Genetic characterization of human T-cell lymphotropic virus type 1 in mozambique: Transcontinental lineages drive the HTLV-1 endemic

Ana Carolina P. Vicente, Eduardo Samo Gudo, Alena Mayo Iñiguez, Koko Otsuki, Nilesh Bhatt, Celina M. Abreu, Adolfo Vubil, Dulce Bila, Orlando C. Ferreira, Amílcar Tanuri, Ilesh V. Jani

Research output: Contribution to journalArticlepeer-review

Abstract

Background:Human T-Cell Lymphotropic Virus Type 1 (HTLV-1) is the etiological agent of adult T-cell leukemia (ATL) and HTLV-1-associated myelopathy/tropical spastic paraparesis (HAM/TSP). It has been estimated that 10-20 million people are infected worldwide, but no successful treatment is available. Recently, the epidemiology of this virus was addressed in blood donors from Maputo, showing rates from 0.9 to 1.2%. However, the origin and impact of HTLV endemic in this population is unknown.Objective:To assess the HTLV-1 molecular epidemiology in Mozambique and to investigate their relationship with HTLV-1 lineages circulating worldwide.Methods:Blood donors and HIV patients were screened for HTLV antibodies by using enzyme immunoassay, followed by Western Blot. PCR and sequencing of HTLV-1 LTR region were applied and genetic HTLV-1 subtypes were assigned by the neighbor-joining method. The mean genetic distance of Mozambican HTLV-1 lineages among the genetic clusters were determined. Human mitochondrial (mt) DNA analysis was performed and individuals classified in mtDNA haplogroups.Results:LTR HTLV-1 analysis demonstrated that all isolates belong to the Transcontinental subgroup of the Cosmopolitan subtype. Mozambican HTLV-1 sequences had a high inter-strain genetic distance, reflecting in three major clusters. One cluster is associated with the South Africa sequences, one is related with Middle East and India strains and the third is a specific Mozambican cluster. Interestingly, 83.3% of HIV/HTLV-1 co-infection was observed in the Mozambican cluster. The human mtDNA haplotypes revealed that all belong to the African macrohaplogroup L with frequencies representatives of the country.Conclusions:The Mozambican HTLV-1 genetic diversity detected in this study reveals that although the strains belong to the most prevalent and worldwide distributed Transcontinental subgroup of the Cosmopolitan subtype, there is a high HTLV diversity that could be correlated with at least 3 different HTLV-1 introductions in the country. The significant rate of HTLV-1a/HIV-1C co-infection, particularly in the Mozambican cluster, has important implications for the controls programs of both viruses.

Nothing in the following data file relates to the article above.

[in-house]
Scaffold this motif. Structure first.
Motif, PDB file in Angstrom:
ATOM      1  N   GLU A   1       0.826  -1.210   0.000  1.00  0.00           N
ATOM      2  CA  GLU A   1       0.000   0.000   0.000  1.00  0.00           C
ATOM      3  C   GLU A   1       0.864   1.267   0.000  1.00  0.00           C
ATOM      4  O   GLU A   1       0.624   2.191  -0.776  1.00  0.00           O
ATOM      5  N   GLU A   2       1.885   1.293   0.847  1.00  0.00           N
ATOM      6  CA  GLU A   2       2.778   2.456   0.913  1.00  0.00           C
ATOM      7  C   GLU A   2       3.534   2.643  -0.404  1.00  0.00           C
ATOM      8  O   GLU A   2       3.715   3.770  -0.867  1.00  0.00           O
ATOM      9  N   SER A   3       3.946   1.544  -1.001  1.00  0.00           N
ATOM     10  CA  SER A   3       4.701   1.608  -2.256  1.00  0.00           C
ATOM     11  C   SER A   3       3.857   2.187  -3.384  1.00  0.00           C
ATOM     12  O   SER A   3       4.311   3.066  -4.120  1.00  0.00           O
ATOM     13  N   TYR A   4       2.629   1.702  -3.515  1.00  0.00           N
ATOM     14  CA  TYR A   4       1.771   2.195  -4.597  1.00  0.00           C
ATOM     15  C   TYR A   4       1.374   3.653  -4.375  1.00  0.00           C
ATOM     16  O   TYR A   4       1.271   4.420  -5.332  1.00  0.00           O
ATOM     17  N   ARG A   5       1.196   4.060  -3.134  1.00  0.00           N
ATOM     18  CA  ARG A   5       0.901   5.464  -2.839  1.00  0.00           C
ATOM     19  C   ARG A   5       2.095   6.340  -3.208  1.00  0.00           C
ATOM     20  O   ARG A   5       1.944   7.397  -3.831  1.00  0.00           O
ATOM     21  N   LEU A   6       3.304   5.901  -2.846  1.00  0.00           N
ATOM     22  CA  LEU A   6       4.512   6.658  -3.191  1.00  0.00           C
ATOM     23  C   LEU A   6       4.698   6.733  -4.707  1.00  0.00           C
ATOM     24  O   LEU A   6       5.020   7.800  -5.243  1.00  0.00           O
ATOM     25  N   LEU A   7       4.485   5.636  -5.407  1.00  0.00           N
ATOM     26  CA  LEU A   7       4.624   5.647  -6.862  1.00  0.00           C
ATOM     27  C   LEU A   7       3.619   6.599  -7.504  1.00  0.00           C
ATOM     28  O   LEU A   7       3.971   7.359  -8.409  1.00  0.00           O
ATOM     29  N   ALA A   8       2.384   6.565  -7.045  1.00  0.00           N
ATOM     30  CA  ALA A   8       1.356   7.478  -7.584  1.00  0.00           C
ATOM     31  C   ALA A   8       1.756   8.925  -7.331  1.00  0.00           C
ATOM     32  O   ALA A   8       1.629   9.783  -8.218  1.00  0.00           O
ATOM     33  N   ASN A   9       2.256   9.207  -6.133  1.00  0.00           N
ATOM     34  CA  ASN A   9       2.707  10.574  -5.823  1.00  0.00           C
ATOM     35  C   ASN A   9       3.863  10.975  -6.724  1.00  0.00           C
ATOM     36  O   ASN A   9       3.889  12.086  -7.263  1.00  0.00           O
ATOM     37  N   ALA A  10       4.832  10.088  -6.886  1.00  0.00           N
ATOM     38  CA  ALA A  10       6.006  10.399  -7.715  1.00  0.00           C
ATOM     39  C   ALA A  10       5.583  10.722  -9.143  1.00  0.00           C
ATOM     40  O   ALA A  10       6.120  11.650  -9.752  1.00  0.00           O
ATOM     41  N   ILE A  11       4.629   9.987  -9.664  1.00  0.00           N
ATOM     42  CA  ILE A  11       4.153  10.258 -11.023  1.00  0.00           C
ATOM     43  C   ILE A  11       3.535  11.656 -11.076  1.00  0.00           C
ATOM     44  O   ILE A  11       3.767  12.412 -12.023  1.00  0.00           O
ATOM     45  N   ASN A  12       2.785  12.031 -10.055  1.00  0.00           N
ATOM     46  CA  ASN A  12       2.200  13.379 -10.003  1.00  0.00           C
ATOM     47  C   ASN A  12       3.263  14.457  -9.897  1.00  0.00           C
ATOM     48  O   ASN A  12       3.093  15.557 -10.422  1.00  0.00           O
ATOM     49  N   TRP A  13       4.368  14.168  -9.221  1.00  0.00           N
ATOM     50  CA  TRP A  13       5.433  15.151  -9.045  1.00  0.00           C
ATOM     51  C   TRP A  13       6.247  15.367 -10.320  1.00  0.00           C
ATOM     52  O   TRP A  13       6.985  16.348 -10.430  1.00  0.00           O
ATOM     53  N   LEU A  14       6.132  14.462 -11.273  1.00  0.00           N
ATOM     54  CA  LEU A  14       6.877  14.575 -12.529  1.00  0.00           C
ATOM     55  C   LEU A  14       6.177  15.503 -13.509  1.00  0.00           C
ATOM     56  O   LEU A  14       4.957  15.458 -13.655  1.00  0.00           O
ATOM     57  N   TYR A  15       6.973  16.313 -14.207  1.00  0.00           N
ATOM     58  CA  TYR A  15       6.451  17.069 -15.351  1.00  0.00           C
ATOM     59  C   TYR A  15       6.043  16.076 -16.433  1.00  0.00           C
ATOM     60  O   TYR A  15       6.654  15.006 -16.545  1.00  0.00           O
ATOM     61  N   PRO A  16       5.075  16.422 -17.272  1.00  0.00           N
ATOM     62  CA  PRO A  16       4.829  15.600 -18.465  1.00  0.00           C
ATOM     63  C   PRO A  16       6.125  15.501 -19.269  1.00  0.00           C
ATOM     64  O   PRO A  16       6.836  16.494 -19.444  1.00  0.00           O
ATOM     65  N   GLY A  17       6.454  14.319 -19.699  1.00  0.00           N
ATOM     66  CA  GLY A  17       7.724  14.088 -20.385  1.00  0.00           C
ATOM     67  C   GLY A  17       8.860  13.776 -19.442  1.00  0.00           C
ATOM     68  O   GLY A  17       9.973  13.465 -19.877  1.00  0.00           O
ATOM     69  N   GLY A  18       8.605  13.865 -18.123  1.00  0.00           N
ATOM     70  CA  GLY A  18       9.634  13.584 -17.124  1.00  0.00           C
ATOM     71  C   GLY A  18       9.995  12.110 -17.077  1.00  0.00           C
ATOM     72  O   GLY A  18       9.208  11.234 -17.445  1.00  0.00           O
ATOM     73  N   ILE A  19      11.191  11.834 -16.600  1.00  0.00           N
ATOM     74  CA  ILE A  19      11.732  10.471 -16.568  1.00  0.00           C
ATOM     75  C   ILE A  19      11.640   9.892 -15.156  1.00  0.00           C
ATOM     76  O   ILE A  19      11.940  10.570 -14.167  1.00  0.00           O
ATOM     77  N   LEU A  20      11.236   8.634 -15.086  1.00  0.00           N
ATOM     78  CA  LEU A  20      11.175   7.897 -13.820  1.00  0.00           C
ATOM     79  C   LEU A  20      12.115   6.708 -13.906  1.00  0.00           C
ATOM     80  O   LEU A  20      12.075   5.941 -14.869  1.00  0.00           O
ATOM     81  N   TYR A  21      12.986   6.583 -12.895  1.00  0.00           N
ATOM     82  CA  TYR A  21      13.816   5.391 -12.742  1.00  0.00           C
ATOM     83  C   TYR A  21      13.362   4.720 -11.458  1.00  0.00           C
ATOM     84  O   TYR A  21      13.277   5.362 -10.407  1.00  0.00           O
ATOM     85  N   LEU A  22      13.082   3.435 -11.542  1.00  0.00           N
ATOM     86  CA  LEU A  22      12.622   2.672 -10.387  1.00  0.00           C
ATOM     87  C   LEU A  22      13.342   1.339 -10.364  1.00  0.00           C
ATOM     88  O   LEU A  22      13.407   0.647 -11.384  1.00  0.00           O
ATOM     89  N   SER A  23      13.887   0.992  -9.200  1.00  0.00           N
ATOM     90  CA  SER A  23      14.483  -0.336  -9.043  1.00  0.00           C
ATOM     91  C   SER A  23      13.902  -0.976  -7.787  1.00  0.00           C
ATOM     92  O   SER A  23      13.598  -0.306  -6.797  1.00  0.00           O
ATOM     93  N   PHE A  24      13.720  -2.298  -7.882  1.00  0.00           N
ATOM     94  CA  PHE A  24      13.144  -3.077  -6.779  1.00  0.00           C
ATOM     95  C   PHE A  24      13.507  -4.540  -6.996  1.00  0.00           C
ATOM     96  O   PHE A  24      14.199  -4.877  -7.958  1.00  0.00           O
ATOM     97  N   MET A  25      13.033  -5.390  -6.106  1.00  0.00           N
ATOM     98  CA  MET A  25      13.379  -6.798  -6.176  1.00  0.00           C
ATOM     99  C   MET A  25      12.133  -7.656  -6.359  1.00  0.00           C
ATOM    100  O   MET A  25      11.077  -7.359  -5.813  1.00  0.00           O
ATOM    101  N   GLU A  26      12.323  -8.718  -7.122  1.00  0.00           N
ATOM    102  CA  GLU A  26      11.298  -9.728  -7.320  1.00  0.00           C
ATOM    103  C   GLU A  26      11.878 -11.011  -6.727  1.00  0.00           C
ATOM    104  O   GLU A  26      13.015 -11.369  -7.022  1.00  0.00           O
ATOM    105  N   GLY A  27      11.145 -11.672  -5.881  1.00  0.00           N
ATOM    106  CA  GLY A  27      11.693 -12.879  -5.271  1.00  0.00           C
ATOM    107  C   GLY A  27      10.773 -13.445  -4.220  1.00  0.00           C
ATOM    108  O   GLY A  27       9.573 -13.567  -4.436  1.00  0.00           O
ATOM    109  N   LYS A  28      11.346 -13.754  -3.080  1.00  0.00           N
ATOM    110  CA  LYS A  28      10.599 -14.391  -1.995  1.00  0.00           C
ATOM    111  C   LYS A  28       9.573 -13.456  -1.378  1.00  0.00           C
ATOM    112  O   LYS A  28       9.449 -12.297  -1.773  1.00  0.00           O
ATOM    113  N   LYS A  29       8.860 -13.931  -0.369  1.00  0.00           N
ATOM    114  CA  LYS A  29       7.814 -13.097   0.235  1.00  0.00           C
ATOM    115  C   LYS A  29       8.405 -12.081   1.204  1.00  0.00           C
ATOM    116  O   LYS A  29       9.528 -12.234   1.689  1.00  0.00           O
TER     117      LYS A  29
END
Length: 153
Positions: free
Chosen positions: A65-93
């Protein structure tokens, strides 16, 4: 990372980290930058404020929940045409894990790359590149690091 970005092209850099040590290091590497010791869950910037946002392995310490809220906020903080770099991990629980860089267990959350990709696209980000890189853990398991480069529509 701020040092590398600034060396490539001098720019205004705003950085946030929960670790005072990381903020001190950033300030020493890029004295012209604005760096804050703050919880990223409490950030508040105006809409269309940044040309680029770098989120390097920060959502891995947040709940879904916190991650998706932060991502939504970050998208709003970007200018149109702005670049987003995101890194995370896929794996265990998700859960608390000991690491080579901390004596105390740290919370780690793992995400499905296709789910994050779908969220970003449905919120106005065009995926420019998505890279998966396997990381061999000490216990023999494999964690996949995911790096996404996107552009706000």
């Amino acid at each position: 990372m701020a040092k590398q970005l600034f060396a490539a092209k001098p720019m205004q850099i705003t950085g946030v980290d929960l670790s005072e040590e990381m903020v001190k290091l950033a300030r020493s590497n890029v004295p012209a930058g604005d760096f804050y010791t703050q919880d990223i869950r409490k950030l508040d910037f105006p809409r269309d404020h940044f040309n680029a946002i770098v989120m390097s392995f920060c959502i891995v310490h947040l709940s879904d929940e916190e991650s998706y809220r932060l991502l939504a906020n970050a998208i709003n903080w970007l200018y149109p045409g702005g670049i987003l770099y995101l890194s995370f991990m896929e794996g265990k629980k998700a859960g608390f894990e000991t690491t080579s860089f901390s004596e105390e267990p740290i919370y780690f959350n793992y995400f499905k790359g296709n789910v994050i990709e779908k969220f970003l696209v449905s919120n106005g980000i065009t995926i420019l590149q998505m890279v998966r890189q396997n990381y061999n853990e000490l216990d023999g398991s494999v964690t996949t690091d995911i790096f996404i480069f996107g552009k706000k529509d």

Original languageEnglish (US)
Article numbere1038
JournalPLoS neglected tropical diseases
Volume5
Issue number4
DOIs
StatePublished - Apr 2011
Externally publishedYes

ASJC Scopus subject areas

  • Public Health, Environmental and Occupational Health
  • Infectious Diseases

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